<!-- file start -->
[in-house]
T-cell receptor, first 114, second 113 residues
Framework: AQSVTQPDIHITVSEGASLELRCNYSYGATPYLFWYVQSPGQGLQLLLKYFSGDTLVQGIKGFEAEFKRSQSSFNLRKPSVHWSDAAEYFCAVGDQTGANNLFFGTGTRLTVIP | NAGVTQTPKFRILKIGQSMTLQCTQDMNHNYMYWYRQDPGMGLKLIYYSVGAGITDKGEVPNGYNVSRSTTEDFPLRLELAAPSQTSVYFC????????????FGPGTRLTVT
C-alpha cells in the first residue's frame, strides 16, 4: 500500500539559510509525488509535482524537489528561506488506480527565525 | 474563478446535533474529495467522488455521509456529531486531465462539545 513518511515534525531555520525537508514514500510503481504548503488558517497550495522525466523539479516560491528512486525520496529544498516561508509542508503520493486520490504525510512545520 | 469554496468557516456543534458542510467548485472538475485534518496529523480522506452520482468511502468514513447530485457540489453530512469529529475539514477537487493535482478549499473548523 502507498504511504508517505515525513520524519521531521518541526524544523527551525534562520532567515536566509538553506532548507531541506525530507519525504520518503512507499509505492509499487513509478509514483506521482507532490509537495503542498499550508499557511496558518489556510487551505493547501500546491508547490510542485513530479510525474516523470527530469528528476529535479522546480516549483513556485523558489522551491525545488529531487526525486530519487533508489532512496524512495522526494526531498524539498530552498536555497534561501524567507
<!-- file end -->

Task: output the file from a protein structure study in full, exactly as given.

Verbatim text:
[in-house]
T-cell receptor, first 114, second 113 residues
Framework: AQSVTQPDIHITVSEGASLELRCNYSYGATPYLFWYVQSPGQGLQLLLKYFSGDTLVQGIKGFEAEFKRSQSSFNLRKPSVHWSDAAEYFCAVGDQTGANNLFFGTGTRLTVIP | NAGVTQTPKFRILKIGQSMTLQCTQDMNHNYMYWYRQDPGMGLKLIYYSVGAGITDKGEVPNGYNVSRSTTEDFPLRLELAAPSQTSVYFC????????????FGPGTRLTVT
C-alpha cells in the first residue's frame, strides 16, 4: 500500500539559510509525488509535482524537489528561506488506480527565525 | 474563478446535533474529495467522488455521509456529531486531465462539545 513518511515534525531555520525537508514514500510503481504548503488558517497550495522525466523539479516560491528512486525520496529544498516561508509542508503520493486520490504525510512545520 | 469554496468557516456543534458542510467548485472538475485534518496529523480522506452520482468511502468514513447530485457540489453530512469529529475539514477537487493535482478549499473548523 502507498504511504508517505515525513520524519521531521518541526524544523527551525534562520532567515536566509538553506532548507531541506525530507519525504520518503512507499509505492509499487513509478509514483506521482507532490509537495503542498499550508499557511496558518489556510487551505493547501500546491508547490510542485513530479510525474516523470527530469528528476529535479522546480516549483513556485523558489522551491525545488529531487526525486530519487533508489532512496524512495522526494526531498524539498530552498536555497534561501524567507